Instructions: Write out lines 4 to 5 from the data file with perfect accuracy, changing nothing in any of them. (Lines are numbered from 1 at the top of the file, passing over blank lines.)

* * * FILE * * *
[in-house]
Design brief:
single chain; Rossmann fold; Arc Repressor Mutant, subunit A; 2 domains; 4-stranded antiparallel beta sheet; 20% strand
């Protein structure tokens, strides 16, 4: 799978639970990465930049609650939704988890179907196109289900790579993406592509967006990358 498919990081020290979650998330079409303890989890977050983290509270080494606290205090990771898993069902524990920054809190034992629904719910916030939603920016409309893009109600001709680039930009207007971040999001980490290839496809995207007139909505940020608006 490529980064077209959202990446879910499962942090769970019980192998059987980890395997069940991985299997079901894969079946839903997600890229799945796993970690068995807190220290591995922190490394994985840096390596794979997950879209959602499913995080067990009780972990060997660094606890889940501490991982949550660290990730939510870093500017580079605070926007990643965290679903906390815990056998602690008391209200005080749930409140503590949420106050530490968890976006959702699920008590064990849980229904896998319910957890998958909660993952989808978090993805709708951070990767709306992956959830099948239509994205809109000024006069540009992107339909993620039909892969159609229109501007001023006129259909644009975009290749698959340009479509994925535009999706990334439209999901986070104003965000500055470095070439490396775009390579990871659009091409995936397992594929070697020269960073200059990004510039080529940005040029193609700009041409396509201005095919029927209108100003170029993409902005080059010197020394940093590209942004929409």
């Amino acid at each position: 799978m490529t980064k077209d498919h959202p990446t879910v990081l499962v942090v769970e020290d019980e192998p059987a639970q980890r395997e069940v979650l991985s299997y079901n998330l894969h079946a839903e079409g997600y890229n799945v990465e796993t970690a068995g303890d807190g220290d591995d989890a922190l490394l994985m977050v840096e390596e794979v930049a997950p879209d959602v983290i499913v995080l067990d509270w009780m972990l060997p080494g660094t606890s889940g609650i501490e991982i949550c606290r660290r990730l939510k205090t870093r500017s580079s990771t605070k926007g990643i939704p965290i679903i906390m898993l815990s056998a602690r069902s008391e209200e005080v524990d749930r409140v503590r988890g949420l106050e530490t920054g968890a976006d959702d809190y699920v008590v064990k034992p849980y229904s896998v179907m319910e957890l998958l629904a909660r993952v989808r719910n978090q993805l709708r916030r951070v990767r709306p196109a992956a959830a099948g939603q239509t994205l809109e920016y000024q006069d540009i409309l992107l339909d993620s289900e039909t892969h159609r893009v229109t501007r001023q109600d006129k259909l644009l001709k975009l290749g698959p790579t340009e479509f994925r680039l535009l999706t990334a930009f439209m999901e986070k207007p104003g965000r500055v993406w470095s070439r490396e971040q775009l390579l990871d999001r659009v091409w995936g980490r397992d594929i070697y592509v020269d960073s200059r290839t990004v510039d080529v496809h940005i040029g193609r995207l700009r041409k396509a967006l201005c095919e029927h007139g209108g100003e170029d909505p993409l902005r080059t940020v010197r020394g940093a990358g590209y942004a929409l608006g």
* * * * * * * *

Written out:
């Protein structure tokens, strides 16, 4: 799978639970990465930049609650939704988890179907196109289900790579993406592509967006990358 498919990081020290979650998330079409303890989890977050983290509270080494606290205090990771898993069902524990920054809190034992629904719910916030939603920016409309893009109600001709680039930009207007971040999001980490290839496809995207007139909505940020608006 490529980064077209959202990446879910499962942090769970019980192998059987980890395997069940991985299997079901894969079946839903997600890229799945796993970690068995807190220290591995922190490394994985840096390596794979997950879209959602499913995080067990009780972990060997660094606890889940501490991982949550660290990730939510870093500017580079605070926007990643965290679903906390815990056998602690008391209200005080749930409140503590949420106050530490968890976006959702699920008590064990849980229904896998319910957890998958909660993952989808978090993805709708951070990767709306992956959830099948239509994205809109000024006069540009992107339909993620039909892969159609229109501007001023006129259909644009975009290749698959340009479509994925535009999706990334439209999901986070104003965000500055470095070439490396775009390579990871659009091409995936397992594929070697020269960073200059990004510039080529940005040029193609700009041409396509201005095919029927209108100003170029993409902005080059010197020394940093590209942004929409």
């Amino acid at each position: 799978m490529t980064k077209d498919h959202p990446t879910v990081l499962v942090v769970e020290d019980e192998p059987a639970q980890r395997e069940v979650l991985s299997y079901n998330l894969h079946a839903e079409g997600y890229n799945v990465e796993t970690a068995g303890d807190g220290d591995d989890a922190l490394l994985m977050v840096e390596e794979v930049a997950p879209d959602v983290i499913v995080l067990d509270w009780m972990l060997p080494g660094t606890s889940g609650i501490e991982i949550c606290r660290r990730l939510k205090t870093r500017s580079s990771t605070k926007g990643i939704p965290i679903i906390m898993l815990s056998a602690r069902s008391e209200e005080v524990d749930r409140v503590r988890g949420l106050e530490t920054g968890a976006d959702d809190y699920v008590v064990k034992p849980y229904s896998v179907m319910e957890l998958l629904a909660r993952v989808r719910n978090q993805l709708r916030r951070v990767r709306p196109a992956a959830a099948g939603q239509t994205l809109e920016y000024q006069d540009i409309l992107l339909d993620s289900e039909t892969h159609r893009v229109t501007r001023q109600d006129k259909l644009l001709k975009l290749g698959p790579t340009e479509f994925r680039l535009l999706t990334a930009f439209m999901e986070k207007p104003g965000r500055v993406w470095s070439r490396e971040q775009l390579l990871d999001r659009v091409w995936g980490r397992d594929i070697y592509v020269d960073s200059r290839t990004v510039d080529v496809h940005i040029g193609r995207l700009r041409k396509a967006l201005c095919e029927h007139g209108g100003e170029d909505p993409l902005r080059t940020v010197r020394g940093a990358g590209y942004a929409l608006g």